Ava Gardner got to "sing" though her singing voice was supplied by Eileen Wilson

Indeed, Gable's interaction with the two females in the story generated commentary. When it came to the romance between Vic and Kay, Life magazine stuck to its negative guns: "The love story is stupefyingly dull. Opposite the ladylike Deborah, Clark Gable's mannered virility seems embarrassing—something that never happened to him alongside such tough Tessies as Joan Crawford and Jean Harlow in his greater days."[16] But others applauded Kerr and the pairing: The Hollywood Reporter called Kerr "a charming English star... a delightful personality in her American debut."[10] The New York Herald-Tribune called the Gable-Kerr pairing "ideal", saying "she made an impressive bow on the U.S. screen."[10] Ava Gardner biographer Lee Server noted the chemistry between Vic and his old flame Jean Ogilvie: Gable and Gardner "proved to be a wonderful pairing, with an on-screen spark between them that revealed their genuine amusement and easy pleasure in each other's company."[12]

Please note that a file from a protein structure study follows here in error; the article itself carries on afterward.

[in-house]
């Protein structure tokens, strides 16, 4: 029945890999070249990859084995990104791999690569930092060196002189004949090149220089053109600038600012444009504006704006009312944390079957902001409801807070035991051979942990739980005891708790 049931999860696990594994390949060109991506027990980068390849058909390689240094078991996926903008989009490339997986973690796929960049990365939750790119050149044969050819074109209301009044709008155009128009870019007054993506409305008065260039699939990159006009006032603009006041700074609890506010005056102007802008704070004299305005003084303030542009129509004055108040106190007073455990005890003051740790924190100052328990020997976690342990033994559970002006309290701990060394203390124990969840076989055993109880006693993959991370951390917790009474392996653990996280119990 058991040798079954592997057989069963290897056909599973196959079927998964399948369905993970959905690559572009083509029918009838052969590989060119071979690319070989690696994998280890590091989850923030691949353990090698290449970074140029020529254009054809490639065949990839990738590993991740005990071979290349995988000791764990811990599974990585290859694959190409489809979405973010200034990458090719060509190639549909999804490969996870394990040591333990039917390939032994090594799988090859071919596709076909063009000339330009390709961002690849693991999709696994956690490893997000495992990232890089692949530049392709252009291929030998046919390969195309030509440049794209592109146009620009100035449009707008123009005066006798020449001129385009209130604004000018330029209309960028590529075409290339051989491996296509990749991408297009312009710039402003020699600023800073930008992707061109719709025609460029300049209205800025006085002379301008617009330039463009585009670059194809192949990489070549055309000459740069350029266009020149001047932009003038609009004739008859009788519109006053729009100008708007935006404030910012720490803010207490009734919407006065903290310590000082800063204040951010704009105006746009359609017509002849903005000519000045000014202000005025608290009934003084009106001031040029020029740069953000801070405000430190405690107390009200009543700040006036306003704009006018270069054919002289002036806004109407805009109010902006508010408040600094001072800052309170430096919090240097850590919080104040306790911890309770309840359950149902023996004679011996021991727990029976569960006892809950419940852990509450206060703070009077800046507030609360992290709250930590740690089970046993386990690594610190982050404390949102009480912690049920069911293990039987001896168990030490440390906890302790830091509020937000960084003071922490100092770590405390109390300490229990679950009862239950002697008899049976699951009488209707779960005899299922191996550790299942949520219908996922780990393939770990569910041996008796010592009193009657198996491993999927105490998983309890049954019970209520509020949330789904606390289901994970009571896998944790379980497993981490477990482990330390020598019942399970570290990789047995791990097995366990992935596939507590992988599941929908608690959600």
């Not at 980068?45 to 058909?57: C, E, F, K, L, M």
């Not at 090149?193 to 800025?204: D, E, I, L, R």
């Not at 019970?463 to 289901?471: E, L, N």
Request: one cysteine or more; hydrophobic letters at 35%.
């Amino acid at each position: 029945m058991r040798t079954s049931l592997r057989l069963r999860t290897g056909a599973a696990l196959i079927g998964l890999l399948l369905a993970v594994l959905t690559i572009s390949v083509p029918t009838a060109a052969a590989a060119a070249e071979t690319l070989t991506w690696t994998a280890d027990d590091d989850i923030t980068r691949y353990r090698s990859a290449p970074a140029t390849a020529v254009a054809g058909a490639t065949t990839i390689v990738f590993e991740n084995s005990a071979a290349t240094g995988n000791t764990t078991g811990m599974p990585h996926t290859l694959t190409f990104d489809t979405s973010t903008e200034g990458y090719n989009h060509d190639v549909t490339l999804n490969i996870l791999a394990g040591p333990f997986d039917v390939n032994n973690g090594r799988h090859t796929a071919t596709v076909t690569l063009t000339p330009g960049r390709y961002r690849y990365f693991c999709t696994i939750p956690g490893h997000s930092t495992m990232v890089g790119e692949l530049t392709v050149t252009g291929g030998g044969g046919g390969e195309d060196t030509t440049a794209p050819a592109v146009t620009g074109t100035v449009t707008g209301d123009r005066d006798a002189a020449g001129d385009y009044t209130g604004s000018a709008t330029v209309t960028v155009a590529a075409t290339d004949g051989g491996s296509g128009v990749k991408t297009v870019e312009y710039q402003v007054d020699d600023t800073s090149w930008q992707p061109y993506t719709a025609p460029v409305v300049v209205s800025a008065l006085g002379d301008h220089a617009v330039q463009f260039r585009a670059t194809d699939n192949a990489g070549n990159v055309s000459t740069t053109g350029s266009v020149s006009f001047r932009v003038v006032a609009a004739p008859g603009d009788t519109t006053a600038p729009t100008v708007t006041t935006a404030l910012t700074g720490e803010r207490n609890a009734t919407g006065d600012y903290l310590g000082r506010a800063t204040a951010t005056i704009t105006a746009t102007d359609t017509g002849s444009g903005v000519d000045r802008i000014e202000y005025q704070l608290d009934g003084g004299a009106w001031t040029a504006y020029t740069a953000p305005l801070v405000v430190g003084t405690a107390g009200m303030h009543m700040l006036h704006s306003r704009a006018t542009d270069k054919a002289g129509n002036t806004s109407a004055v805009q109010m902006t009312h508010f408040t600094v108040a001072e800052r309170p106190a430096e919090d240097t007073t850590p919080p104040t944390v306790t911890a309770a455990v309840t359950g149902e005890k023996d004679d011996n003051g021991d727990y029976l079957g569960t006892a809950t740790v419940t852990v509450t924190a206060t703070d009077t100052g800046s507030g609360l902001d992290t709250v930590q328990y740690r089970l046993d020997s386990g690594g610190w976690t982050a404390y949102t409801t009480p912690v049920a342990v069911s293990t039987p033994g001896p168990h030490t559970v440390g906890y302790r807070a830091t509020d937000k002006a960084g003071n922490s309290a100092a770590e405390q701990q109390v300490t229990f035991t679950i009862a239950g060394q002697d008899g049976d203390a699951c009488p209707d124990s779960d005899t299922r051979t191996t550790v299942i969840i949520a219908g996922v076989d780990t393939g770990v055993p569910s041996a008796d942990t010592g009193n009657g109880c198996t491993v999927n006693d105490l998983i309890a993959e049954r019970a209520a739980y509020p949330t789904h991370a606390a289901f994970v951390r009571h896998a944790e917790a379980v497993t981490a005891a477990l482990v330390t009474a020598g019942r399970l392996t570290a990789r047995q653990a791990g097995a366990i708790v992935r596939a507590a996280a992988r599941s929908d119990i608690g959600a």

Despite the best-selling longevity of its source novel, The Hucksters finished only 12th at the box office for 1947, earning $3,635,000 in the US and Canada and $810,000 elsewhere, resulting in a profit of $412,000.[1][17] Topping that list was another soldiers-come-home tale, The Best Years of Our Lives. Author Denise Mann suggests that Vic Norman's unsavory side might have held The Hucksters back: "Clark Gable's unheroic ad-man as post-war returning hero may have contributed to the smaller returns."[17] It also "was a total failure in the foreign market, which in those days knew nothing about American advertising or commercial broadcasting."[10]

Judgment about The Hucksters has mellowed over the years. Halliwell's Film Guide calls it "good topical entertainment which still entertains and gives a good impression of its period", also praising the performance of Greenstreet.[18] The current New York Times capsule summary calls it "one of Clark Gable's best postwar films, as well as one of the finest Hollywood satires of the rarefied world of advertising."[5]